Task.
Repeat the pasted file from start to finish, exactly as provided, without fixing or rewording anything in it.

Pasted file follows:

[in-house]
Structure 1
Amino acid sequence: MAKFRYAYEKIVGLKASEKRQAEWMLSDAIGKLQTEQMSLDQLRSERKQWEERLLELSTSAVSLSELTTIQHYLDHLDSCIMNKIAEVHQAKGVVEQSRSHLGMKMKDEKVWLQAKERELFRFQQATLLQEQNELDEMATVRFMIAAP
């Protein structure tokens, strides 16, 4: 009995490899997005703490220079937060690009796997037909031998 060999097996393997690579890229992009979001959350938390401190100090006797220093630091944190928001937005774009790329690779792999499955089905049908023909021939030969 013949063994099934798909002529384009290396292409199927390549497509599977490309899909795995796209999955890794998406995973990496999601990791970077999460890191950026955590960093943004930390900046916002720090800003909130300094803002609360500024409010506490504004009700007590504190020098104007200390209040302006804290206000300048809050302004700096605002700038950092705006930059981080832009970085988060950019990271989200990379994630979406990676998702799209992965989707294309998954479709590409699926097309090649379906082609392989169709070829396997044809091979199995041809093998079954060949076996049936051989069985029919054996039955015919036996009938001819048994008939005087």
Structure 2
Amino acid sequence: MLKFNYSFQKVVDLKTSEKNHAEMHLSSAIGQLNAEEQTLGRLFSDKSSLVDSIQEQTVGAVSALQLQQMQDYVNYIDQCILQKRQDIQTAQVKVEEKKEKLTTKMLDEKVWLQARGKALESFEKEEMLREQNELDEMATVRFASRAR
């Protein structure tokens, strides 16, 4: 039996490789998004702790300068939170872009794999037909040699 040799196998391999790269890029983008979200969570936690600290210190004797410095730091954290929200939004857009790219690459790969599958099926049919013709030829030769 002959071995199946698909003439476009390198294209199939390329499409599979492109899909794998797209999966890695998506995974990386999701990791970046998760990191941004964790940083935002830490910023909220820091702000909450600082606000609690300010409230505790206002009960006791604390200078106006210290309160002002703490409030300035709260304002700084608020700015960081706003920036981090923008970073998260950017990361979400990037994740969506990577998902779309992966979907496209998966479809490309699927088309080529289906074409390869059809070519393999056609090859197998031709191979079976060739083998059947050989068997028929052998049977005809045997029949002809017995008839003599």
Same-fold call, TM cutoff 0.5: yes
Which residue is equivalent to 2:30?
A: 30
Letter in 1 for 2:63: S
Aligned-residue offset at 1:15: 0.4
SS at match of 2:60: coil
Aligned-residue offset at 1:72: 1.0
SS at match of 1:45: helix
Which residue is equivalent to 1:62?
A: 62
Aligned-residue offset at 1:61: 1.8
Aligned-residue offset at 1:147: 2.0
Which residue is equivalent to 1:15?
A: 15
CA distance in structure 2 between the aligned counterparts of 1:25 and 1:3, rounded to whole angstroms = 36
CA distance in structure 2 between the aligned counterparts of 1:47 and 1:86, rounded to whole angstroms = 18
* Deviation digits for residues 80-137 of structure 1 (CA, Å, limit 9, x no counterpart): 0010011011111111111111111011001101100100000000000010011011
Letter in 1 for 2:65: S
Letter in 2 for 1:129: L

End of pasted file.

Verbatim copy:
[in-house]
Structure 1
Amino acid sequence: MAKFRYAYEKIVGLKASEKRQAEWMLSDAIGKLQTEQMSLDQLRSERKQWEERLLELSTSAVSLSELTTIQHYLDHLDSCIMNKIAEVHQAKGVVEQSRSHLGMKMKDEKVWLQAKERELFRFQQATLLQEQNELDEMATVRFMIAAP
């Protein structure tokens, strides 16, 4: 009995490899997005703490220079937060690009796997037909031998 060999097996393997690579890229992009979001959350938390401190100090006797220093630091944190928001937005774009790329690779792999499955089905049908023909021939030969 013949063994099934798909002529384009290396292409199927390549497509599977490309899909795995796209999955890794998406995973990496999601990791970077999460890191950026955590960093943004930390900046916002720090800003909130300094803002609360500024409010506490504004009700007590504190020098104007200390209040302006804290206000300048809050302004700096605002700038950092705006930059981080832009970085988060950019990271989200990379994630979406990676998702799209992965989707294309998954479709590409699926097309090649379906082609392989169709070829396997044809091979199995041809093998079954060949076996049936051989069985029919054996039955015919036996009938001819048994008939005087």
Structure 2
Amino acid sequence: MLKFNYSFQKVVDLKTSEKNHAEMHLSSAIGQLNAEEQTLGRLFSDKSSLVDSIQEQTVGAVSALQLQQMQDYVNYIDQCILQKRQDIQTAQVKVEEKKEKLTTKMLDEKVWLQARGKALESFEKEEMLREQNELDEMATVRFASRAR
């Protein structure tokens, strides 16, 4: 039996490789998004702790300068939170872009794999037909040699 040799196998391999790269890029983008979200969570936690600290210190004797410095730091954290929200939004857009790219690459790969599958099926049919013709030829030769 002959071995199946698909003439476009390198294209199939390329499409599979492109899909794998797209999966890695998506995974990386999701990791970046998760990191941004964790940083935002830490910023909220820091702000909450600082606000609690300010409230505790206002009960006791604390200078106006210290309160002002703490409030300035709260304002700084608020700015960081706003920036981090923008970073998260950017990361979400990037994740969506990577998902779309992966979907496209998966479809490309699927088309080529289906074409390869059809070519393999056609090859197998031709191979079976060739083998059947050989068997028929052998049977005809045997029949002809017995008839003599």
Same-fold call, TM cutoff 0.5: yes
Which residue is equivalent to 2:30?
A: 30
Letter in 1 for 2:63: S
Aligned-residue offset at 1:15: 0.4
SS at match of 2:60: coil
Aligned-residue offset at 1:72: 1.0
SS at match of 1:45: helix
Which residue is equivalent to 1:62?
A: 62
Aligned-residue offset at 1:61: 1.8
Aligned-residue offset at 1:147: 2.0
Which residue is equivalent to 1:15?
A: 15
CA distance in structure 2 between the aligned counterparts of 1:25 and 1:3, rounded to whole angstroms = 36
CA distance in structure 2 between the aligned counterparts of 1:47 and 1:86, rounded to whole angstroms = 18
* Deviation digits for residues 80-137 of structure 1 (CA, Å, limit 9, x no counterpart): 0010011011111111111111111011001101100100000000000010011011
Letter in 1 for 2:65: S
Letter in 2 for 1:129: L